The three unique works by Monika Sosnowska (b. 1972, Ryki, Poland) on view in the Grand Hall were recently acquired for the Mudam Collection. These monumental sculptures, composed of painted concrete and steel, occupy the space as abstract compositions. The use of raw materials traditionally found withinthe construction industry – beams, rods, reinforcements or pipes, for example – is characteristic of the artist’s work. Here they are manipulated, contorted and warped to achieve new forms liberated from their original design function. The vocabulary of architecture is a direct source of inspiration for Sosnowska, who is sensitive to the symbolic, political and ideological weight of certain buildings. Architecture gives form to ideals: utopias that have succeeded and failed. Sosnowska is particularly interested in the modernist currents of the twentieth century, not only in the West (as in Soviet-era Eastern European architecture) but in Asia as well.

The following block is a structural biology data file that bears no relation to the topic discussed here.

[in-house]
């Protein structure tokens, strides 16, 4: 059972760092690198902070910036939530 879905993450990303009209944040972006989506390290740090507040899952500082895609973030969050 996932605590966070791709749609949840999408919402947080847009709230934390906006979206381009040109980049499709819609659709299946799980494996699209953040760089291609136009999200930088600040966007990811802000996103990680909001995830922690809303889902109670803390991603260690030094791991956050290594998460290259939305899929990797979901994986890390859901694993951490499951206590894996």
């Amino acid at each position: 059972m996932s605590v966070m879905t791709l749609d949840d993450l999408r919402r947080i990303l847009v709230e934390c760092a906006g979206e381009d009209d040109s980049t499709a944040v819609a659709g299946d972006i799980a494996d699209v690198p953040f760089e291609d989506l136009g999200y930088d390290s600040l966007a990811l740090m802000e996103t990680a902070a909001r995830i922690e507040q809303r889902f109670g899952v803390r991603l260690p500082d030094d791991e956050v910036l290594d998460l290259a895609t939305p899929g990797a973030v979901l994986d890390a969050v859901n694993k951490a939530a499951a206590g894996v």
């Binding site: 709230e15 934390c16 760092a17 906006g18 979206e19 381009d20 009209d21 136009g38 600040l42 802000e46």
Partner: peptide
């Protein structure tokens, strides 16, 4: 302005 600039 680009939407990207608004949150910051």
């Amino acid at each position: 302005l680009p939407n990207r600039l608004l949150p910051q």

In Dhaka, during one of the artist’s various trips to Bangladesh, she discovered Muzharul Islam (b. 1923, Murshidabad, India – d. 2012, Dhaka), an architect, urban planner and political figure. Through this encounter she witnessed the ways in which modernist principles had been transposed in a different cultural and economic context. She also observed local construction methods and techniques: workers along the riverbanks extracting, by hand, rocks to turn into gravel and then concrete, destined for buildings that were either being built or abandoned halfway through construction, bristling with metal beams. These sculptures derive directly from Sosnowska’s observations of this terrain. The titles describe the materials they contain: ‘rebar’ refers to the metal rods used to reinforce ‘concrete’, like the ones that anarchically jut out from incomplete constructions in Dhaka. Here, they seem to have found their independence to draw freewheeling forms in space, breaking with the geometric rationality associated with modernist architecture.